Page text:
Interestingly, Trump is a close listener. The press has to listen more attentively (to everybody) and get the whole point.

    Deaf ear better learn to hear and report much more precisely. Your collection of headlines is sadly damning.


  2. James Brown says

    Don’t think this reasoning is confined to Wisconsin, Jack. I heard plenty in Arkansas as well.

  3. Donald Smith says

    Sometimes it’s spooky how much we think alike. Or maybe it’s your Wisconsin relatives in this case. The same thought crossed my mind when I read the full Bannon quote. Obviously we’re not going to shut up; but I believe the second part, about listening more, was what he meant as the important part As suspicious as I am about this gang’s intentions regarding the media, I’m inclined to agree with him there. Either we’re not really listening to a lot of what they’re saying, or we’re willfully misinterpreting, and trying to present it in the worst light. The headlines focusing on the “shut-up” part speak for themselves.

  4. Richard Mattersdorff says

    Karl Fleming’s SON OF THE ROUGH SOUTH is a good autobiography that includes much about civil rights reporting. A key is separation of editorials from reporting, which can get blurred when reporters “graduate” to writing “analyses.” Dan Balz, Marc Fisher — they can thread the needle, I think, without becoming opinion columnists.

    The weakest argument against Trump is to say, you are entitled to your own opinions but not your own facts. Well, yes, you can have your own facts. Go to a mosque on Friday, a synagogue (Orthodox? Reform?) Friday evening, then church on Sunday (Baptist? Episcopal?). How many Vietnam facts changed between, oh, 1965 and Westmoreland’s unsuccessful defamation suit against 60 MINUTES? Saying we must agree on a body of basic facts is really, in current events, similar for better or worse to the anti-diversity theses of U.S. white Christian nativism.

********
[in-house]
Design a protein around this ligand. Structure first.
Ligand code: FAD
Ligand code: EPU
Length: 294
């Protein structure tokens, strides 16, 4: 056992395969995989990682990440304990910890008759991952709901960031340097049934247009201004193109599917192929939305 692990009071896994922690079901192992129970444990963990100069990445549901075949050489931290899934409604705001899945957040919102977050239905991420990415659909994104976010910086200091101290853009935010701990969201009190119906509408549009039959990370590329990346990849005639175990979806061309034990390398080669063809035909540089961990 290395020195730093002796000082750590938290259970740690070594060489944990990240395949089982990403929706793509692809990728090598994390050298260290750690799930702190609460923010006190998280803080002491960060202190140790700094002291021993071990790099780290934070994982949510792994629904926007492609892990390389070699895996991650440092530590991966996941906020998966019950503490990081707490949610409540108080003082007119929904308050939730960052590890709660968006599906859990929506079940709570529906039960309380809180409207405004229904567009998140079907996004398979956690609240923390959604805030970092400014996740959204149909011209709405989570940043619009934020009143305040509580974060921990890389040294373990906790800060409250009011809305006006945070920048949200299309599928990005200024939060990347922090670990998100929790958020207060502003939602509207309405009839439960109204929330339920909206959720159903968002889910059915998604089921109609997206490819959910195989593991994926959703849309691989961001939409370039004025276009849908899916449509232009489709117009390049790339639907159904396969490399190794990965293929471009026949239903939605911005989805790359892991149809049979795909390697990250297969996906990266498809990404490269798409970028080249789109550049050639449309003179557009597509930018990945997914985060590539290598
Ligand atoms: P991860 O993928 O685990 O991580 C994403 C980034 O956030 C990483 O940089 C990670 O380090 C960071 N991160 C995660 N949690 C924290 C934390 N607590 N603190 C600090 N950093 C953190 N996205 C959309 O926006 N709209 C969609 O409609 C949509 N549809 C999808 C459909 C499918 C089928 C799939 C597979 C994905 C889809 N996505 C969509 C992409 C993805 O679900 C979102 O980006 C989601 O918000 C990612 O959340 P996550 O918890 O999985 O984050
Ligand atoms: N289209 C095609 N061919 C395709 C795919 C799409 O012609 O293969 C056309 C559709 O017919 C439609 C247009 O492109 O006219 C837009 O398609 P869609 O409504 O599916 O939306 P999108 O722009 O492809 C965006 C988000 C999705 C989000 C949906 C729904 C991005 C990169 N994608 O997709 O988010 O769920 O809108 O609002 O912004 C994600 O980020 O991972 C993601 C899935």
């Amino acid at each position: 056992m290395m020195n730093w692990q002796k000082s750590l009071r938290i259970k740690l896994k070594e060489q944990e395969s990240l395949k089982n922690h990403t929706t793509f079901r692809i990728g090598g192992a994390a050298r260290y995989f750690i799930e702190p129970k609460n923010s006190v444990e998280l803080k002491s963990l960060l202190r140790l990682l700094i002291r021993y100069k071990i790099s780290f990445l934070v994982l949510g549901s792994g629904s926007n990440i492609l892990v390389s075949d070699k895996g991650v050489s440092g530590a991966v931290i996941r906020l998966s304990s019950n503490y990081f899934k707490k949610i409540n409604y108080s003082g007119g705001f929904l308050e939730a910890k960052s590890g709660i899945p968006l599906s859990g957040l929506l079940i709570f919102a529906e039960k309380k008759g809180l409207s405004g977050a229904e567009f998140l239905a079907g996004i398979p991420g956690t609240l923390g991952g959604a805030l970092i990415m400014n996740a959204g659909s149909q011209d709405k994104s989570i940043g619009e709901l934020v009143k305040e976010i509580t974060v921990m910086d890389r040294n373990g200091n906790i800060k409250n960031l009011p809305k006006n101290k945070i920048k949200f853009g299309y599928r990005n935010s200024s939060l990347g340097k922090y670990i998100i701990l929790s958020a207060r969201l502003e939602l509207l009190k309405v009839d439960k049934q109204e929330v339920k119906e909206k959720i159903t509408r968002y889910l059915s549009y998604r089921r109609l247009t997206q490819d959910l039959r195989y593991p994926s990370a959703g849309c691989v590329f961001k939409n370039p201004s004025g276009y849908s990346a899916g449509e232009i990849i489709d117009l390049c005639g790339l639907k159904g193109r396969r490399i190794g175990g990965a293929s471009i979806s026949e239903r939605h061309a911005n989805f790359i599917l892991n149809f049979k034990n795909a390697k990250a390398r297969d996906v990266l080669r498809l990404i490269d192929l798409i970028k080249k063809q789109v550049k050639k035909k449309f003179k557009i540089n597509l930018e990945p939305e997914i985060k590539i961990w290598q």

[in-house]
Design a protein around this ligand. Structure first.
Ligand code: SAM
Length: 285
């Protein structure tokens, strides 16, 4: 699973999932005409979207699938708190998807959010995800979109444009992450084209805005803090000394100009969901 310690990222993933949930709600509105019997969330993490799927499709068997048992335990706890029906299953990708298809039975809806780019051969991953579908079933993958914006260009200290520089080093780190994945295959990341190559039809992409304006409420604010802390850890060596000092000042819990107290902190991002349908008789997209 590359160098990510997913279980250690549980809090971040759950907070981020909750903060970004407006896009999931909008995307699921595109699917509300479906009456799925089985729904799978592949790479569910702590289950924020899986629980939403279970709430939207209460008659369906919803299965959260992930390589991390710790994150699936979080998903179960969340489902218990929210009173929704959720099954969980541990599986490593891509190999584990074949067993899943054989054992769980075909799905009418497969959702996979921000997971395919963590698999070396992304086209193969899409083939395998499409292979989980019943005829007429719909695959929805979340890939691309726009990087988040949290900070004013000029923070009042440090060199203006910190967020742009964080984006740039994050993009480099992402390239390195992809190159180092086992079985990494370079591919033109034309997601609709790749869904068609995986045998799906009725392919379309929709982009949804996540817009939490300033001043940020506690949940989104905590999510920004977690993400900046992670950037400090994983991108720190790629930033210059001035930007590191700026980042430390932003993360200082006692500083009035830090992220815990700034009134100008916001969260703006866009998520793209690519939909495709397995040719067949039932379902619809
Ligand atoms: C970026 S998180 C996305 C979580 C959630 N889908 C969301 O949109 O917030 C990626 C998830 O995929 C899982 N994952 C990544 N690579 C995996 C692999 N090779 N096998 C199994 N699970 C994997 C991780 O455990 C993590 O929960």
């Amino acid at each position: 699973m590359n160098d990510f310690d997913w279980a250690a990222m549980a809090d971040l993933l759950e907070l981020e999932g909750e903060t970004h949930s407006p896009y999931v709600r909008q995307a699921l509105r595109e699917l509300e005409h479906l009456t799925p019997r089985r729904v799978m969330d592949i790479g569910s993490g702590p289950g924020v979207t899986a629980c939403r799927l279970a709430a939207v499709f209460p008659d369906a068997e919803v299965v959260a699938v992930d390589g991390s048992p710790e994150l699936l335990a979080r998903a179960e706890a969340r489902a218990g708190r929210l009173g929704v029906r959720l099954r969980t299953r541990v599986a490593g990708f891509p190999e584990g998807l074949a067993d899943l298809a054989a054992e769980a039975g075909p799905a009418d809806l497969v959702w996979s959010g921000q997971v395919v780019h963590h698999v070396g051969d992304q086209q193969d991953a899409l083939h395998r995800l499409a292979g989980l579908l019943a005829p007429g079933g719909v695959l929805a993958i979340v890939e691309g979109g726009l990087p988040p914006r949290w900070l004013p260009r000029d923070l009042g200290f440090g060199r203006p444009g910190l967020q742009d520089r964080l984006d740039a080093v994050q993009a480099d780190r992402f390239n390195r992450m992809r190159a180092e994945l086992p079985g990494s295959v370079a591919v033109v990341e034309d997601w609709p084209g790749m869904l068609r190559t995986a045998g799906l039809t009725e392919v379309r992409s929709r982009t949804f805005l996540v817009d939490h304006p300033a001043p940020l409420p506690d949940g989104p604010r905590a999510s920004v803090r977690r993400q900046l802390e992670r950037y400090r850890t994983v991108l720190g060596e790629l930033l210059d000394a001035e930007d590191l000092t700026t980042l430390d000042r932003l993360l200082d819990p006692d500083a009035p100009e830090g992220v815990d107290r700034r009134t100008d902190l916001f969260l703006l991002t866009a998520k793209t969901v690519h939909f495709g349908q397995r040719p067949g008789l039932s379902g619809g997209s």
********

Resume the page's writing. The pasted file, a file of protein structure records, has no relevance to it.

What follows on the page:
5. Kevin Doherty says

    To be fair to journalists, this is a case of the ‘tea pot calling the kettle black.”…that is to say, there is enough lack of listening to go around from all sides specific to this situation.

    Journalists probably get used to a certain set of assumptions, habits and they start working on automatic….That results in missing things that should be on radar, dropping stitches. On the other side, the current administration clearly is operating as Trump did in his business dealings. Mentored by rabid bulldog bully lawyer Roy Cohn, basically, Mr. Evil Incarnate, Trump, like Cohn, aggressively pummels any and every one, every agency, every tradition, every American cornerstone….(Nothing is off limits)…..into submission till it capitulates to his singular dictate.

    So, there is no “listening” from the administrations side and moreover there is every desire to silence .The recent defunding of public TV, NPR, and the NEH exemplifies willful censorship of the media. The listening that journalists need to do, as i see it, is relative to keen assessment of this strategic dismantling of our democracy limb by limb, urgently deserving ardent, unrelenting, and equally tenacious written and spoken reporting so we the people know what’s going on and can rise to the occasion in appropriate revolt so that we may save what our founding fathers so wisely established for us.

    • Richard Mattersdorff says

      But wouldn’t Cohn have laughed off the inauguration attendance comparison photos?

      • BARNARD COLLIER says

        Dear Richard,

        Made me smile at a grim time. Tx.


        • Richard Mattersdorff says

          You said it earlier, Barney, but Maureen Dowd in her 1/28 column brings up Roy Cohn. Says Steve Bannon is Trump’s “Roy Cohn.” I don’t know enough about Bannon yet to have an opinion.